Your love for your pet is obvious—at every visit to MetroPet Veterinary Clinic, we can see your love in every interaction and hear it in your voice. There’s no denying the deep and unconditional bond you share. However, when shared affection includes sharing food, this beautiful relationship can take a tragic and unnecessary turn.
What’s the big deal about overweight pets?
Pet obesity is one of the most common preventable diseases diagnosed in the United States, affecting more than half of all dogs and cats nationwide. Unfortunately, many doting owners don’t realize that overindulging their pet now may be depriving them of years down the road.
The average overweight dog’s lifespan was 2.5 years shorter than healthy weight dogs, one study showed. This is partly because obese and overweight dogs and cats are at an increased risk for life-altering chronic conditions, including:
- Kidney disease
- Orthopedic injury
- Heart and respiratory disease
- Feline lower urinary tract disorders
- Reduced immune function
- Increased risk for anesthetic complications
Excess fat tissue creates a harmful inflammatory environment, causing pain and degeneration. And, because pets cannot rationalize their discomfort, overweight pets suffer more fear, anxiety, and stress at home and in the veterinary clinic.
Assessing your pet’s weight
If you suspect your pet is overweight, it’s time to take your eyes off the screen and take a good look at your pet. An at-home assessment is quick and easy, and can tell you a lot about your pet’s physical condition. Similar to a human body mass index, veterinarians use a body condition scoring (BCS) system to determine if your pet is at a healthy weight. Scoring steps include:
- Palpating your pet’s ribs — You should easily feel your pet’s ribs that should have a protective minor fat layer. If you must apply pressure or can feel only a few ribs, your pet is likely overweight.
- Looking for a waistline — When you view your standing pet from above, they should have a visible waist or hourglass shape between their last rib and the pelvis. Overweight pets have no visible waist or may curve outward.
- Checking for an abdominal tuck — When you view your pet from the side, their abdomen should tuck in or curve upward from the last rib to the groin. Although some cats naturally have a low-hanging pouch of extra skin and fatty tissue, they should not look pot-bellied.
If your pet doesn’t meet the above criteria, or scores above a 4 or 5 on the body condition score chart, schedule an appointment at MetroPet Veterinary Clinic.
Weigh in—your pet’s weight loss consultation
Many people oversimplify weight, believing that weight loss is only a matter of reducing calories and increasing exercise. That advice may work for maintaining a healthy weight, but it’s not always the safest or most effective way for pets to lose weight, especially those who are severely overweight.
Before you change your pet’s routine, your pet should have a full physical examination by the MetroPet Veterinary Clinic team, so we can look for health-related causes for your pet’s weight gain. These can include thyroid dysfunction, endocrine abnormalities, or pain-related issues (e.g., arthritis or orthopedic injury) that reduce your pet’s physical activity.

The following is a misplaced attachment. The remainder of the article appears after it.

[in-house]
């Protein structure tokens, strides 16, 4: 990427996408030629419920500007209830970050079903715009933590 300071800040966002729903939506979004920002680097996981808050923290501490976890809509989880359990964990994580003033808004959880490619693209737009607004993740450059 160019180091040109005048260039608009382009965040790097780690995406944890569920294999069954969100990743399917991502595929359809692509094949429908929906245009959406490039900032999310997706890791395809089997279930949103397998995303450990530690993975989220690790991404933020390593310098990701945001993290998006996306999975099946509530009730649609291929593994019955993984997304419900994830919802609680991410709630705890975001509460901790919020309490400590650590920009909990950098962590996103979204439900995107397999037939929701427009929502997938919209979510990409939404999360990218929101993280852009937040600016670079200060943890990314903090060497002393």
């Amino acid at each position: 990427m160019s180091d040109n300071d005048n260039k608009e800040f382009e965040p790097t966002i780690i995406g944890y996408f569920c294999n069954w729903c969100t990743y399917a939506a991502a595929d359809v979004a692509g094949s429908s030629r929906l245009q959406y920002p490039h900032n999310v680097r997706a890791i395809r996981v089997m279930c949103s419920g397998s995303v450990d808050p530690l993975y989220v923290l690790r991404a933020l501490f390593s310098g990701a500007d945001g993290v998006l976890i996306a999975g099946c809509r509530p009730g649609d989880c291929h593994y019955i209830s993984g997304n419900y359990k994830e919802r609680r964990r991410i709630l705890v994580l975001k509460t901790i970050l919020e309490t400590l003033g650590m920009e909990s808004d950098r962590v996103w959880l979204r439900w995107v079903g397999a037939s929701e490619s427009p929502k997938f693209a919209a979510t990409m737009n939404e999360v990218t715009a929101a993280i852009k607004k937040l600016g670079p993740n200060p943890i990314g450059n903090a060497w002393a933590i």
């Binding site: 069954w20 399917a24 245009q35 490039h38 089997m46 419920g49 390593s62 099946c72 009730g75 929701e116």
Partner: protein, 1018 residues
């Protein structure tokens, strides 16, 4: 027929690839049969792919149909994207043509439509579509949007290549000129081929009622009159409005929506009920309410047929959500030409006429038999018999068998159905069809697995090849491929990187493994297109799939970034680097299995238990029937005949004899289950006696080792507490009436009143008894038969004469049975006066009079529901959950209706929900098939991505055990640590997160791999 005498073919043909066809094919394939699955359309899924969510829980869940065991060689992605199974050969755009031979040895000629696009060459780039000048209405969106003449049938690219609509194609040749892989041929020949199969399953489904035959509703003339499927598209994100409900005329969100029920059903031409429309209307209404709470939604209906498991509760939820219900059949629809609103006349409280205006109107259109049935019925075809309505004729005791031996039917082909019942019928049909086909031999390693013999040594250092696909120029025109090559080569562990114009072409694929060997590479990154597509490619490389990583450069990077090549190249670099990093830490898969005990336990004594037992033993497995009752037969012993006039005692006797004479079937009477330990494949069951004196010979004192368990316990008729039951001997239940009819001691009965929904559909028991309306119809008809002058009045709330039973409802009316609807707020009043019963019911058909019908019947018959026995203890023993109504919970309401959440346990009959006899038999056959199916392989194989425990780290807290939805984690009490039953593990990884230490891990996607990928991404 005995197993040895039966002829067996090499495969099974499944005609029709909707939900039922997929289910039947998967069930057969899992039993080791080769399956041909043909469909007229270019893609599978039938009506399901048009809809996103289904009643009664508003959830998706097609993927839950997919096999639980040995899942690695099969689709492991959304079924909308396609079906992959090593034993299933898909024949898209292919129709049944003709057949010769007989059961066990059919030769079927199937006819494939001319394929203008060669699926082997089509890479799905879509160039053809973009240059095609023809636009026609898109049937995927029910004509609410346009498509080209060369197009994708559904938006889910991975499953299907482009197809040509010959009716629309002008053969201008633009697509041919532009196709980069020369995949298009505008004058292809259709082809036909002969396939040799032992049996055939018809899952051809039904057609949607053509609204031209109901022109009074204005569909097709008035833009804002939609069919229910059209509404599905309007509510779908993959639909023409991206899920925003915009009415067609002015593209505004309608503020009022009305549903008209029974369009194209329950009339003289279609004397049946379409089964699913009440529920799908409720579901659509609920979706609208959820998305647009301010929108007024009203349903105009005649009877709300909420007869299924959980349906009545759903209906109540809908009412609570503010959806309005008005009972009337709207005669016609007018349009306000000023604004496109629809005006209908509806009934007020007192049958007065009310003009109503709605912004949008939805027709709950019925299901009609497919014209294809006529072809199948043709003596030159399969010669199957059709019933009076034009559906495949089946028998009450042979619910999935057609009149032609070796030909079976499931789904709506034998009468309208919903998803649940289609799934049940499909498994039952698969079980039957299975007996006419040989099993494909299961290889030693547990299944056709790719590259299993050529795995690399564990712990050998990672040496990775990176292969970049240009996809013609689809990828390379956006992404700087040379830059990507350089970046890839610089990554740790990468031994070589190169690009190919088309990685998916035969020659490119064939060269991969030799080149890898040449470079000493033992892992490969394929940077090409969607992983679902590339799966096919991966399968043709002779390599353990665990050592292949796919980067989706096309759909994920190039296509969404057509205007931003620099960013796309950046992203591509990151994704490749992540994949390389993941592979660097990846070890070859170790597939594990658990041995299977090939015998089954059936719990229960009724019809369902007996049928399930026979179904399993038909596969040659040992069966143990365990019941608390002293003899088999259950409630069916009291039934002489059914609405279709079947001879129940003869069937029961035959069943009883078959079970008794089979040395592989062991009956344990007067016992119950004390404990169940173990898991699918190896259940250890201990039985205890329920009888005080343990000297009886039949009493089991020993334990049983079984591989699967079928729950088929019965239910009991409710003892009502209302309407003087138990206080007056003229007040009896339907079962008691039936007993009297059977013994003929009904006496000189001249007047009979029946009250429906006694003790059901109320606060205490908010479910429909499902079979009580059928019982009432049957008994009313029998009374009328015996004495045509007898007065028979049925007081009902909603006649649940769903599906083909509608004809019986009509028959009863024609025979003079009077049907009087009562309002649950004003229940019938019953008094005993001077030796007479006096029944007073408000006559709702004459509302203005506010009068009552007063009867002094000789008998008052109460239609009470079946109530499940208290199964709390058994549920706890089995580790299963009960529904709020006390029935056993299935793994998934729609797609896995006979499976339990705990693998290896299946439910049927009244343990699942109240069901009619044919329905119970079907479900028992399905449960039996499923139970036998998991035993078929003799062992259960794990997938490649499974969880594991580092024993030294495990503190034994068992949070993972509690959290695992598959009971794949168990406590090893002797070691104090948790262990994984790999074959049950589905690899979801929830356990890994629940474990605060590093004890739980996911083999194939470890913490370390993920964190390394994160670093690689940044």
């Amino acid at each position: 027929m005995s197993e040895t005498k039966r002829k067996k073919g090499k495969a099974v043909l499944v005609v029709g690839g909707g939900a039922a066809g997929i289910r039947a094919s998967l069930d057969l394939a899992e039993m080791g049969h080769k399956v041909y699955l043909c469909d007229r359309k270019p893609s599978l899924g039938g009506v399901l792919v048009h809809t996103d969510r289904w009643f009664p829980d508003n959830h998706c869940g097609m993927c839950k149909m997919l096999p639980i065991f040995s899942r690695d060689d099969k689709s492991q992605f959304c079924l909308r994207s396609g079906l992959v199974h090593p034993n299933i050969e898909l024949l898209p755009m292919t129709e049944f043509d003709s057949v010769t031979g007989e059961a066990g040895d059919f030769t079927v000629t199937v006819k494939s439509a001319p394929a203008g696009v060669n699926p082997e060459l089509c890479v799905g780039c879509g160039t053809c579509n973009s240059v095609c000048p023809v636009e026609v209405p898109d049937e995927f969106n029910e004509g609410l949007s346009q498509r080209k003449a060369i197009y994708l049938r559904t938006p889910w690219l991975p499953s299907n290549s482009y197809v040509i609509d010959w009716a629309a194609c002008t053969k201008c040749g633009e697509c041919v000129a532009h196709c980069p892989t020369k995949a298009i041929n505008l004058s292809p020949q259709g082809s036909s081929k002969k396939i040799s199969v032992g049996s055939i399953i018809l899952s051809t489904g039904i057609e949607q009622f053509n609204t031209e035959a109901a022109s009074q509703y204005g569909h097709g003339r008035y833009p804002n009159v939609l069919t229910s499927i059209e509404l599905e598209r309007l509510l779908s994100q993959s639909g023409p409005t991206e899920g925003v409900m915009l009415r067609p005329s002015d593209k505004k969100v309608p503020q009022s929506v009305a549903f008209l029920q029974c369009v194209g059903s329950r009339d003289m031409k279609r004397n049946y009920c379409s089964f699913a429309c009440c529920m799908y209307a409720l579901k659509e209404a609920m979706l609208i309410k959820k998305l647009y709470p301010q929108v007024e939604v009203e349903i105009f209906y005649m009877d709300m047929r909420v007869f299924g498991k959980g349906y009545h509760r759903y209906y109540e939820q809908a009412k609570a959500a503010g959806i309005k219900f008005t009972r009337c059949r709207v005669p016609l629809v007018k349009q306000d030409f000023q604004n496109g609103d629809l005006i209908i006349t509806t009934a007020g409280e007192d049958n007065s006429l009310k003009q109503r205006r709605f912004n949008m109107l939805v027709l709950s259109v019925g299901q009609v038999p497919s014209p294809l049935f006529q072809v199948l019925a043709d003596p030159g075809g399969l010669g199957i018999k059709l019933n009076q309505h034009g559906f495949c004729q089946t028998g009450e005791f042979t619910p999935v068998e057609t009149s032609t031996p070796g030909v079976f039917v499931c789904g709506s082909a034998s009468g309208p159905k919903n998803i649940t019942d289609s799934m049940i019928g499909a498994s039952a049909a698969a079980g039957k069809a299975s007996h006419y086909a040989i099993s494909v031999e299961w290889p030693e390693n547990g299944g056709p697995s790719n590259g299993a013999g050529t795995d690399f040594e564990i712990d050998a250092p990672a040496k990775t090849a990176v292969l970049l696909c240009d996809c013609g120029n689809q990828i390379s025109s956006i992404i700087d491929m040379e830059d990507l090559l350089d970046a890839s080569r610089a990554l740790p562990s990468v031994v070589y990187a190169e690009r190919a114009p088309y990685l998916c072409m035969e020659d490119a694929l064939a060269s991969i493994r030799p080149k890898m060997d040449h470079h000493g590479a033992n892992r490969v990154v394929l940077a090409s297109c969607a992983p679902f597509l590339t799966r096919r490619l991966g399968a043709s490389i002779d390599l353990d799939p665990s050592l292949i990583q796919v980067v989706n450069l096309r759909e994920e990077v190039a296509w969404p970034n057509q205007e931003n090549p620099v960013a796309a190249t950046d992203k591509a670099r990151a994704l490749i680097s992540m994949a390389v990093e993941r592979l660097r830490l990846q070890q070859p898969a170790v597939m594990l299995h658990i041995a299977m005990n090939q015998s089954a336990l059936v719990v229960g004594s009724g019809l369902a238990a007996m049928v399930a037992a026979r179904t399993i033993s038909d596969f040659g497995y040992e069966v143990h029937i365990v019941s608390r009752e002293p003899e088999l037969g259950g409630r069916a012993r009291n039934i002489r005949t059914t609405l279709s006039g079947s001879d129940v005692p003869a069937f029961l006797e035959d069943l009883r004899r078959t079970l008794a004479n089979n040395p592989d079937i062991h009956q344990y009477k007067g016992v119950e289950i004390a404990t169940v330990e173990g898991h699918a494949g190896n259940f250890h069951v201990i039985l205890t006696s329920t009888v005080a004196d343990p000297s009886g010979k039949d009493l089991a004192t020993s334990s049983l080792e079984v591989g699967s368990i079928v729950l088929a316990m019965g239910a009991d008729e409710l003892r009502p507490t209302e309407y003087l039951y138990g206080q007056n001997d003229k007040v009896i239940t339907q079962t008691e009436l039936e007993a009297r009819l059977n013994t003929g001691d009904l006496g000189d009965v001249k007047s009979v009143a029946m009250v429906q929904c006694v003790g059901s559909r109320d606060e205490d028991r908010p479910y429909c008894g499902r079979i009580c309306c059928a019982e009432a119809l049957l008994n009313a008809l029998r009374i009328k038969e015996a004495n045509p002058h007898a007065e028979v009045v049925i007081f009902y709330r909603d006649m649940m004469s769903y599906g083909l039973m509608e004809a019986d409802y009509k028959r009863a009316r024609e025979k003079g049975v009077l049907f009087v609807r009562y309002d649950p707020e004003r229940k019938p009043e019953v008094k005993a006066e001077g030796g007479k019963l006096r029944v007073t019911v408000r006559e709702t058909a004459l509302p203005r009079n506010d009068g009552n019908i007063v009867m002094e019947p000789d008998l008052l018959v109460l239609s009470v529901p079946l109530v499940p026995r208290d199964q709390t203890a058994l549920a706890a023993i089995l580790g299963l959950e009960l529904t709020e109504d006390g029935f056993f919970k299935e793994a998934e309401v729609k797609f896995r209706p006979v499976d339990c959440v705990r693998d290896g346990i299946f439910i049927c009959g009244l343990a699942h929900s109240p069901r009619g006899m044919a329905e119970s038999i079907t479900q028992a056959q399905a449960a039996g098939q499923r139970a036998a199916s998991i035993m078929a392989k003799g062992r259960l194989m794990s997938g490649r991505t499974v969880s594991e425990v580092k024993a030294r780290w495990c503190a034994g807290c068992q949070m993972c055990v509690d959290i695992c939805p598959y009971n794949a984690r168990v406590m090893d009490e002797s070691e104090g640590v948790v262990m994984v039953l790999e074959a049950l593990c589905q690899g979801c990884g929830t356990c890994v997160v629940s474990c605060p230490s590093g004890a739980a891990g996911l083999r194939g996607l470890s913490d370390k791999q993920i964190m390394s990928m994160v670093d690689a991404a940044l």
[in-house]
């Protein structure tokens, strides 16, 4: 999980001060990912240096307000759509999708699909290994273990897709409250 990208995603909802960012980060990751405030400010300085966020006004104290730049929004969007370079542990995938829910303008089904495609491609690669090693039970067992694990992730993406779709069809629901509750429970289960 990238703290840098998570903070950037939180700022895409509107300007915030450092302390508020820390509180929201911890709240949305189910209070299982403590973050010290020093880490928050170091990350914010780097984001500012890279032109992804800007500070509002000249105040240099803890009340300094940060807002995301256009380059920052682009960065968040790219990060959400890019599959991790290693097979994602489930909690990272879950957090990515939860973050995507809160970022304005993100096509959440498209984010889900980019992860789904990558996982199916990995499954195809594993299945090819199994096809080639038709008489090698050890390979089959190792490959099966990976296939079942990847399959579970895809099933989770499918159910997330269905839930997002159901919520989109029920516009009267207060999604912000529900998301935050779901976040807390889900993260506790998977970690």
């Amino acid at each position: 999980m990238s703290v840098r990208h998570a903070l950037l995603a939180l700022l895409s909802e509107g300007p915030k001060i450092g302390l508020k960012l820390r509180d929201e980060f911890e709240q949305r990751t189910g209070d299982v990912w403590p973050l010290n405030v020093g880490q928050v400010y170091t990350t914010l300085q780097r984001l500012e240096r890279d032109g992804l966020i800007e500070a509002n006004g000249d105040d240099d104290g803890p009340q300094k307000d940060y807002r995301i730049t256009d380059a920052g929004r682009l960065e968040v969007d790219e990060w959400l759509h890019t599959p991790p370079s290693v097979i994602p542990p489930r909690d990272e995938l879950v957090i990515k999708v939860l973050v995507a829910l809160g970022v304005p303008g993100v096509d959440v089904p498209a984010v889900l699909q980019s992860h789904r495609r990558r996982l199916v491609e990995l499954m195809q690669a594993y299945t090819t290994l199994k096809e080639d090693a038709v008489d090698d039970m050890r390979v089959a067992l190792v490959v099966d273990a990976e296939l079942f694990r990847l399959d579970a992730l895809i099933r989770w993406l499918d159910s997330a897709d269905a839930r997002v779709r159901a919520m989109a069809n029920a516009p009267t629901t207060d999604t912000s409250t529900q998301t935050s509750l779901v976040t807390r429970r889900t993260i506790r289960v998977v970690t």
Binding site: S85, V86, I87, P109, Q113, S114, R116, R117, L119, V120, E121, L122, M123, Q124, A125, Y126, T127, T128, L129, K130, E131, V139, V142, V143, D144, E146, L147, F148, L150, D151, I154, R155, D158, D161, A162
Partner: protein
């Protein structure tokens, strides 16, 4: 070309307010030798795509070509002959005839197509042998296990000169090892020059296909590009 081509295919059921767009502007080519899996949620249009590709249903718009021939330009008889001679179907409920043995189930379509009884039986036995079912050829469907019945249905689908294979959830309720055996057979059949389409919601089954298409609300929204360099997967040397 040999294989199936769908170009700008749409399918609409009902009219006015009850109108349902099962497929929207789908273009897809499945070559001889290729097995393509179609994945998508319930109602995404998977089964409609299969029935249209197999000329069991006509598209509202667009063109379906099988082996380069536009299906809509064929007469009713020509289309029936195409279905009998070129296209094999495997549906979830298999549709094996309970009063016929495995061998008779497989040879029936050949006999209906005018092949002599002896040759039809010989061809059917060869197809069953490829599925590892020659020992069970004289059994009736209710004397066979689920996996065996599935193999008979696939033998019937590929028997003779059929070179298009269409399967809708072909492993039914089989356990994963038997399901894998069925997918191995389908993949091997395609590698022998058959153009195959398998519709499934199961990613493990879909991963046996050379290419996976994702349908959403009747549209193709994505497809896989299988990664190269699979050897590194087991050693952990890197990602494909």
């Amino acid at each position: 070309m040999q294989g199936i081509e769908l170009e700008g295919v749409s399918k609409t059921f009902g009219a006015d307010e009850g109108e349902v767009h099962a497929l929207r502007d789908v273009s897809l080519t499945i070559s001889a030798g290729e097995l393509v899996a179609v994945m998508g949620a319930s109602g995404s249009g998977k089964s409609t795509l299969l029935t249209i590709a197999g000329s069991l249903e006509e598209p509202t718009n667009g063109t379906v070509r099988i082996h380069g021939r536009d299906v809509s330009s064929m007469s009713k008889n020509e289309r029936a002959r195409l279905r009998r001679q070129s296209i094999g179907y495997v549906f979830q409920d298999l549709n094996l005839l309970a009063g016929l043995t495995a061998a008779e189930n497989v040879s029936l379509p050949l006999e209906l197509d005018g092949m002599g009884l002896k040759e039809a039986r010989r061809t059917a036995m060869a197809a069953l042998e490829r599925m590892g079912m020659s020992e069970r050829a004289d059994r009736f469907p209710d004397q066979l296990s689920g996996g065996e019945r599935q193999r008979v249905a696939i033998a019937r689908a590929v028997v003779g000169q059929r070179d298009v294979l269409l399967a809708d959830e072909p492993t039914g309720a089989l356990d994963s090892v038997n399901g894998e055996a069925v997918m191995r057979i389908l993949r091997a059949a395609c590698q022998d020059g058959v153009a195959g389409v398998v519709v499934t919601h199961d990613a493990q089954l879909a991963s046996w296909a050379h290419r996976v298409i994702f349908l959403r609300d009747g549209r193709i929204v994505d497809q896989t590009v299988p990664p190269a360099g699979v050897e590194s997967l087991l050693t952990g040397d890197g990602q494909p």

Your veterinarian will also review your pet’s daily schedule, including their food type and amount, daily treats, and exercise or activity, and make personalized diet and portion size recommendations.
Loving your pet with portion control
Despite those pleading, sad puppy-dog eyes, saying “No” to extra treats and table scraps means “Yes” to more healthy years with your pet. Here are a few quick tips to help your pet shed those unnecessary pounds.
- Measure your pet’s food — Ask your veterinarian the calorie amount your pet should consume per day, and then calculate your pet’s daily portions. Use a measuring cup to ensure precise portions. Avoid adding calorie-packed toppers to entice your pet to eat—only a small amount of low sodium chicken broth is acceptable.
- Meal feed your pet — If your pet is a grazer who enjoys eating throughout the day, replace their all-day buffet with two or three small meals. Meal feeding can accelerate metabolism, prevent boredom-based overeating, and allow you to monitor your pet’s appetite.
- Give only healthy treats — Commercial pet treats and table scraps are loaded with calories, sugar, salt, and fat, and excessive quantities can not only result in weight gain, but also dangerous conditions, such as pancreatitis, diabetes, or toxicity. Swap unhealthy favorites for new flavors, including apple slices, popcorn, carrots, rice cakes, lean meat, and antioxidant-rich blueberries.
- Feed small treats — Positive reinforcement training requires a lot of treats, so if you’re actively training your pet, pre-measure their daily allotment and break each treat in small pieces. Pets are more delighted by the treat experience than the treat’s size, so they’re not likely to notice the change. Better yet, use a portion of your pet’s daily meals for training.
Step up your relationship with pet-friendly exercise
Physical activity is essential for effective pet weight loss, but an effective exercise regimen does not need to be complicated—in fact, challenging exercise can be dangerous for out-of-shape pets. After your veterinarian has cleared your pet for activity, aim for short daily sessions of cardiovascular exercise (i.e., brisk walking, or playing with a motorized toy, to increase the heart rate). If your pet fatigues quickly, don’t rush—take a rest day and try again later.
When you begin a weight loss program for your pet, remember—they didn’t reach their current condition overnight, and they won’t slim down quickly. Have patience, focus ahead, and remember your motivation—that should be enough to keep you going. For all your pet problems, contact MetroPet Veterinary Clinic.
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